From Harry Truman looking for economists who did not depend on “the other hand” to Thomas Carlyle calling it a “dismal science” and Keynes’ preference to being “vaguely right than precisely wrong”, Economics has ever remained an area of obfuscation – no less confounded by the quip about seven opinions among six economists. Though essentially it is the analysis of the production, distribution, and consumption of wealth, one has yet to come across a universally acceptable definition. In addition, there is the debate over Economics as a “positive” science (i.e. objective, fact-based, descriptive of what is, relying largely on laissez-faire as espoused by Adam Smith etc) or a “normative” one (subjective and value-based, descriptive of what ought to be, and therefore calling for governmental regulation, endorsed by JCL Simonde de Sismonde followed by Marx and Keynes).
So it is not surprising to find the book under review attempting to define “Social Economy”. In the Preface it helps to understand the harsh realities of neo-colonialism and its consequences, including the abuse of labour while the Introduction says it is a study of the dynamics of socio-economic parameters in a traditionally fragmented society; Chapter 2 says it is concerned about the conservation of common properties for future generations; and [considers] economic development as a process through which both quantitative and qualitative factors … keep on influencing policies of a country. The Epilogue states that it deeply scrutinizes the philosophy, social institutions and dichotomous nature of theory and practice in India to understand the contradictions in our development projects. “Social Economics” is concerned about the shared interests of human beings for balanced development. Perhaps the reader could get some idea of the subject but one marvels at the ease with which “Economics” mingles so comfortably in this book with “Economy”.
The book, the author says, tries to address alternatives to understanding social-beings subjected to the tyranny of discrimination which restricts their freedom. Another declared quest is whether “the narratives … of individual victims describe the reality in India”. (They rarely do – in any society, in any age). The author poses two more questions (1) appropriateness of social economics to study of Indian conditions – (why such a doubt should arise, is not explained) and (2) how the family as a strong institution reinforces or debilitates the existing situation. Having “addressed” these four areas, the answers thereto are not easily apparent in the book.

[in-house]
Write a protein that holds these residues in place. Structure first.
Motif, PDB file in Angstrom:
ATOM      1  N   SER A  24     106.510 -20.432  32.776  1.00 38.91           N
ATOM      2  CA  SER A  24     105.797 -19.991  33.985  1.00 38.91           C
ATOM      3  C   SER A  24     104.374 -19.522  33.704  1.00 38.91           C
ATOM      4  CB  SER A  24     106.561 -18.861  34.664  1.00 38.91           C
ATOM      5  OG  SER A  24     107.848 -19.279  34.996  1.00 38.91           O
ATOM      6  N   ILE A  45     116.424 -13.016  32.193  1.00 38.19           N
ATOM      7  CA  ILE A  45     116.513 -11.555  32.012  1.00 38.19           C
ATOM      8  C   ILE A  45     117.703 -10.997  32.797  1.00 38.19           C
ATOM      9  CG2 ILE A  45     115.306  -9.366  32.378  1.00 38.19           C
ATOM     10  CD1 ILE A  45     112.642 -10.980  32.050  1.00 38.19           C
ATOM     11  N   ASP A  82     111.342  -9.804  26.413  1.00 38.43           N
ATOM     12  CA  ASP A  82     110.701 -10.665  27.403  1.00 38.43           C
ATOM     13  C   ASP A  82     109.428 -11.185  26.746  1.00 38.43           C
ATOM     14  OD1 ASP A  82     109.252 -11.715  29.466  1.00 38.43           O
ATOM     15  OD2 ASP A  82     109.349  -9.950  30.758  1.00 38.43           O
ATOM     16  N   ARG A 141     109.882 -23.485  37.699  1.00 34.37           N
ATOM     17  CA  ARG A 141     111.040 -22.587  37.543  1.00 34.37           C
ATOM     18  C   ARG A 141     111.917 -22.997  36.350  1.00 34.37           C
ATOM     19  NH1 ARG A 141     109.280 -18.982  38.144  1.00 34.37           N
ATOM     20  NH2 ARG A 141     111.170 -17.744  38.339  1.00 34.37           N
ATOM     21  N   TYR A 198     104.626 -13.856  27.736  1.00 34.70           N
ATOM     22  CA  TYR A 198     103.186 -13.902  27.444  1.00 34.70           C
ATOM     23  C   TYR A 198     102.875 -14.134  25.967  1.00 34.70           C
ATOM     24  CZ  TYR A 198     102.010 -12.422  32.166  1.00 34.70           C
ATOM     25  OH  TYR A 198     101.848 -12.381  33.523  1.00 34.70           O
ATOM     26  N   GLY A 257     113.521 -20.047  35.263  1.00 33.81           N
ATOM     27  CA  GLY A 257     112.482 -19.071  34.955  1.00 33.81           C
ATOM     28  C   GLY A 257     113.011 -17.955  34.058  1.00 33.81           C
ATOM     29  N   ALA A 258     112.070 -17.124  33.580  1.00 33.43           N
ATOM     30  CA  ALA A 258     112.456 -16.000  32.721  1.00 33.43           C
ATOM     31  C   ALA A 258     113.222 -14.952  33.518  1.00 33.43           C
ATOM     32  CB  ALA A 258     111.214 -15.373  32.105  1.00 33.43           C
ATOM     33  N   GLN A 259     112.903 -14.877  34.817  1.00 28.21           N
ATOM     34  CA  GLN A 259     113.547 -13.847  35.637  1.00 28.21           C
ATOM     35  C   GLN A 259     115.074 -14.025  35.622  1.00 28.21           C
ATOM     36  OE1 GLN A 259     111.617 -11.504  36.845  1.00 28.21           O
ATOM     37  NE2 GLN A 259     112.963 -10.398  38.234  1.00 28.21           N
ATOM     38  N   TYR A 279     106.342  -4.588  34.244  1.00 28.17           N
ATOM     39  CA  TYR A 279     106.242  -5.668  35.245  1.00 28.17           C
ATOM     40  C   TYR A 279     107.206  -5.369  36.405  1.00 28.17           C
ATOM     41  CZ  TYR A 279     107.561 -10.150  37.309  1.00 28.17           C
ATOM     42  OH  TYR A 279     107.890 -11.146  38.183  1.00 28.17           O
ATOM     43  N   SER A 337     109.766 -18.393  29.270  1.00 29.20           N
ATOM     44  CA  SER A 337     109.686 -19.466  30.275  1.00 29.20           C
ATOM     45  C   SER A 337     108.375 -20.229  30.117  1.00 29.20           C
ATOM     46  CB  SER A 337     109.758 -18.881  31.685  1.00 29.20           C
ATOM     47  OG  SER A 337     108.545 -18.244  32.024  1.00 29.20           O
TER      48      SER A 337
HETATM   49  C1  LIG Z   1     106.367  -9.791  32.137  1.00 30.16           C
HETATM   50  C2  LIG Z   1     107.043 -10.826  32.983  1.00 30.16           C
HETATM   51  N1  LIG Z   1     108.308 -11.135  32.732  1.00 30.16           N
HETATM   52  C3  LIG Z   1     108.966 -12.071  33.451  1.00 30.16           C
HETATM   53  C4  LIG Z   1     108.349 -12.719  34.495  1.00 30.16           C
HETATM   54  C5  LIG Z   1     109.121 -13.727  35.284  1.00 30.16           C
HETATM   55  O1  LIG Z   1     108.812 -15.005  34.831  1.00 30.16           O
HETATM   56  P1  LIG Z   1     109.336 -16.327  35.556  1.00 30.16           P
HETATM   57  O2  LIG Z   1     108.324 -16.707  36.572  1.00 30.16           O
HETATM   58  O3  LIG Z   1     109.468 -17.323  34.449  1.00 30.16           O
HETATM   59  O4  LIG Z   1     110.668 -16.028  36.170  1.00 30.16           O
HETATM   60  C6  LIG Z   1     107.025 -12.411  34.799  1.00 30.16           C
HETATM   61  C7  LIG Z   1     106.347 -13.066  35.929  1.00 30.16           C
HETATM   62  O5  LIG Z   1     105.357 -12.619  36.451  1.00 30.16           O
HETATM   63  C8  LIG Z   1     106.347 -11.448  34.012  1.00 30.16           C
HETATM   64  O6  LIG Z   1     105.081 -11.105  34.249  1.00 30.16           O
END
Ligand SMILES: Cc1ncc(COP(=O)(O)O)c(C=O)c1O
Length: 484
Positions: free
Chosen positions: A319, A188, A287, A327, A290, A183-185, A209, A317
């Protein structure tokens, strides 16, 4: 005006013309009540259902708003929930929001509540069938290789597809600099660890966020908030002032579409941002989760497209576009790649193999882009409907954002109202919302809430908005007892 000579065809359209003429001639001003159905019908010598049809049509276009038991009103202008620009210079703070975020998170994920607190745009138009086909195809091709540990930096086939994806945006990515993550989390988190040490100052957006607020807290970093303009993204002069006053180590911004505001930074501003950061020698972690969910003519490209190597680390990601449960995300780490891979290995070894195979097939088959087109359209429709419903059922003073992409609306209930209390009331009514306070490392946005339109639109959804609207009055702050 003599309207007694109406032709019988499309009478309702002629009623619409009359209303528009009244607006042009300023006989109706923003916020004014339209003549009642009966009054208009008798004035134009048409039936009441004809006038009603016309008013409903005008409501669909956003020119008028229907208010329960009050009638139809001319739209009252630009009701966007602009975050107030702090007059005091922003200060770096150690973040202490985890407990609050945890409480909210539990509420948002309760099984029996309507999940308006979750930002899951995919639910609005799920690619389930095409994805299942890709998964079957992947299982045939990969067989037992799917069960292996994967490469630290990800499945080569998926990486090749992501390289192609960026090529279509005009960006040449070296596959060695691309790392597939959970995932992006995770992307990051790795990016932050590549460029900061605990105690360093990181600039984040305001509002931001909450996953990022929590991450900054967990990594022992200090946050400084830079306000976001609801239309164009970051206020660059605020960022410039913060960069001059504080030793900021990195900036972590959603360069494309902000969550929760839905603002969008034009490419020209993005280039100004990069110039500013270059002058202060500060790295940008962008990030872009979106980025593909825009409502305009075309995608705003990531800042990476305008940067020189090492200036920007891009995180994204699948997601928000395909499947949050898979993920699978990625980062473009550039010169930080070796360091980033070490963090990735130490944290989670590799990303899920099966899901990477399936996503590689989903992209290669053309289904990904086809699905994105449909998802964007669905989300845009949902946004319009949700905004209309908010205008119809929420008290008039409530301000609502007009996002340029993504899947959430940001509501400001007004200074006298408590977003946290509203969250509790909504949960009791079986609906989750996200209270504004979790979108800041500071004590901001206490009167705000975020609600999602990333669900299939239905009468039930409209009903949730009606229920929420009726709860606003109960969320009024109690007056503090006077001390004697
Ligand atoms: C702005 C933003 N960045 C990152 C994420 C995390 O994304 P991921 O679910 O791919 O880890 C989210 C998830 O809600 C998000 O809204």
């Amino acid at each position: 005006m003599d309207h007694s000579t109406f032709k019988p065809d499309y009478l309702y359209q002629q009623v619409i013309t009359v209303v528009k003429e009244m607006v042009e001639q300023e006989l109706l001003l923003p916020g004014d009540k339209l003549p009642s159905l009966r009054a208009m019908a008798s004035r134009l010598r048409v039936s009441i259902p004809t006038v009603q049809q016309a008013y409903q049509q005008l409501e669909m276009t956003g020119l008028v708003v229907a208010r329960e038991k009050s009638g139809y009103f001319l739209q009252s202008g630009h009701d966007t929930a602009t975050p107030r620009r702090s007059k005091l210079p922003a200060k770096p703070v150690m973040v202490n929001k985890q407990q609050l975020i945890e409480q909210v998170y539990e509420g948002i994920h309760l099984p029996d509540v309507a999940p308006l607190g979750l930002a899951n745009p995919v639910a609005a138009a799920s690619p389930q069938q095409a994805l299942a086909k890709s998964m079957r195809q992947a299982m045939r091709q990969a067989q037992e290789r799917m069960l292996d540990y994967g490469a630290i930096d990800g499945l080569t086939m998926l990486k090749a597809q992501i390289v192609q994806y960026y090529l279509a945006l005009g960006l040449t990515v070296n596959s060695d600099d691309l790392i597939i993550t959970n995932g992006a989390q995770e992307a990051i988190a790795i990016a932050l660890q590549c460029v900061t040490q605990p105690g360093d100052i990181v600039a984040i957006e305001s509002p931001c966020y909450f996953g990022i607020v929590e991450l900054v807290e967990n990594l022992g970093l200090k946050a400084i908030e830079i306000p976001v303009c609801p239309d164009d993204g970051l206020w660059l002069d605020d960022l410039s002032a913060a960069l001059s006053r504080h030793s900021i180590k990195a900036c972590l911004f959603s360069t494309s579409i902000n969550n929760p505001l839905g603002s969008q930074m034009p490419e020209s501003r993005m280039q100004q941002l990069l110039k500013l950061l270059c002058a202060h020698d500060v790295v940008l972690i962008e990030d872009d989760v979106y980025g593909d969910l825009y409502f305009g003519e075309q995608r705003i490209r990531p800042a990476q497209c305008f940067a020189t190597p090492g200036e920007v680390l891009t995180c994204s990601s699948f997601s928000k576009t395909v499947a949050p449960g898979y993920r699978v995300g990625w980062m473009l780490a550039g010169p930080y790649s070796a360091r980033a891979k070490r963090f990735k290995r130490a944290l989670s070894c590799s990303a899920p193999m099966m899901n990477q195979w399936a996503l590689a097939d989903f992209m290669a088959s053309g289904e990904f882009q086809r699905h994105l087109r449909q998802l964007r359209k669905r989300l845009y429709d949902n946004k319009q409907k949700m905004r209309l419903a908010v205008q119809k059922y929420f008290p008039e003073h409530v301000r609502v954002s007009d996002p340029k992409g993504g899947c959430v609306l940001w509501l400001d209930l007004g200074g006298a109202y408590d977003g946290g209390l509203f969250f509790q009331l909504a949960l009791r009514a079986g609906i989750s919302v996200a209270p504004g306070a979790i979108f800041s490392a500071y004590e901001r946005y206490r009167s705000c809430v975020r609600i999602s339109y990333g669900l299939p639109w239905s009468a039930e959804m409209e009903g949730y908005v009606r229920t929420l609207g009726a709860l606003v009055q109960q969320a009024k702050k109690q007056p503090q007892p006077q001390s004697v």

The Preface contains an interesting disclaimer though: this is only a preliminary upshot, he says, brought out with an idea to get feedback from readers … and the book “is planned to address the socio-economic issues generally relegated as super structure disputes with a bearing on the base”. The number of issues “addressed” can thus be seen to cover a wide spectrum. “I know,” he continues, “the strength and weaknesses of some of my notions …, I feel that it should be placed before the public in whatever way possible …” there are several occasions when the reader hopes that the Publishers had engaged a language editor – but one cannot dwell on these aspects. The author also laments the fact that no one seems to have evaluated Ambedkar, Lohia, Nehru and Schumacher who substantially contributed to social economics in India – while “mainstream economists have failed to address the typical problems of caste”. Out of 17 million jobs in the public sphere, he says in the Introduction, reservation is limited to 2.27 million, which, being just 1.36% of the SC population of 200 million, is not “even unguent cream”. Is a case being made out for more “reservations”?
Social Economy Of Development In India
Author: K.S. Chalam
Pages: 390; Price: Rs 995
Chapter 2 says that social economics is considered a more relevant approach in an economy like India that was forced to accept liberalization for socio-political reasons in 1991 rather than the economic justification given by some experts. Then, after dealing with gun culture and the “intellectual decadence or design that seems to have entered the policy making machinery”, he finds it necessary to interrogate (?) to what extent this has liberated our traditional orthodoxy; moving into Corruption, Black Money, and Crony Capitalism in India (which he says, came in with the East India Company). The chapter ends with the affirmation that today we have a model that considers and benefits a chosen few with born patronage. The burgeoning middle-class that has struggled upwards post-1991 and is the new face of India is apparently with “born patronage”.
The chapter on Agriculture touches upon the future of food security and the Green Revolution among several other areas. In a chapter on the Social Implications of Political Process he goes into areas like Gujarat Model of Development (expected?), Judiciary and the Constitution, Corruption and the Civil Service, and “Could a Muslim be Secularist”? The chapter on Caste Prejudices and Human Dignity covers Sexual Assaults in Delhi – Past and Present. In the Epilogue he observes that the idea of justice as practised by the Commission was confined to economic parameters … concluding the book with the observation that Social Economics “craves for the withering away of cruelty to fellow humans”. Perhaps it is the “craving” that limits its scope?